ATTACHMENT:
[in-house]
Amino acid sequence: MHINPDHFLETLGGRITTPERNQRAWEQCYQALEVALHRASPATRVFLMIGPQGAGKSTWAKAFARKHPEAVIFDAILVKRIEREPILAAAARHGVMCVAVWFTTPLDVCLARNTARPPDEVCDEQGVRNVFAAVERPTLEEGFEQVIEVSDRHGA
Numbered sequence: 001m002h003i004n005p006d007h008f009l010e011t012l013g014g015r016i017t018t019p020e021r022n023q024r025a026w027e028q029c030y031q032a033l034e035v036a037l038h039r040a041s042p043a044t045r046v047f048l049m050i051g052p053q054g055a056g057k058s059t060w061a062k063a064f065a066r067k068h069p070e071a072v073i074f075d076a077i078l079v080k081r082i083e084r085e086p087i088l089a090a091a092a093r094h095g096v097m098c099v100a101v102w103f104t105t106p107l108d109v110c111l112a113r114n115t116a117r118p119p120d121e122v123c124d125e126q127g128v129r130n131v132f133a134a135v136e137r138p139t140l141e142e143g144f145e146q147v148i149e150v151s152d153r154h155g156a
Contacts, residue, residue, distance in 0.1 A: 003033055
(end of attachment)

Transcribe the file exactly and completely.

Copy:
[in-house]
Amino acid sequence: MHINPDHFLETLGGRITTPERNQRAWEQCYQALEVALHRASPATRVFLMIGPQGAGKSTWAKAFARKHPEAVIFDAILVKRIEREPILAAAARHGVMCVAVWFTTPLDVCLARNTARPPDEVCDEQGVRNVFAAVERPTLEEGFEQVIEVSDRHGA
Numbered sequence: 001m002h003i004n005p006d007h008f009l010e011t012l013g014g015r016i017t018t019p020e021r022n023q024r025a026w027e028q029c030y031q032a033l034e035v036a037l038h039r040a041s042p043a044t045r046v047f048l049m050i051g052p053q054g055a056g057k058s059t060w061a062k063a064f065a066r067k068h069p070e071a072v073i074f075d076a077i078l079v080k081r082i083e084r085e086p087i088l089a090a091a092a093r094h095g096v097m098c099v100a101v102w103f104t105t106p107l108d109v110c111l112a113r114n115t116a117r118p119p120d121e122v123c124d125e126q127g128v129r130n131v132f133a134a135v136e137r138p139t140l141e142e143g144f145e146q147v148i149e150v151s152d153r154h155g156a
Contacts, residue, residue, distance in 0.1 A: 003033055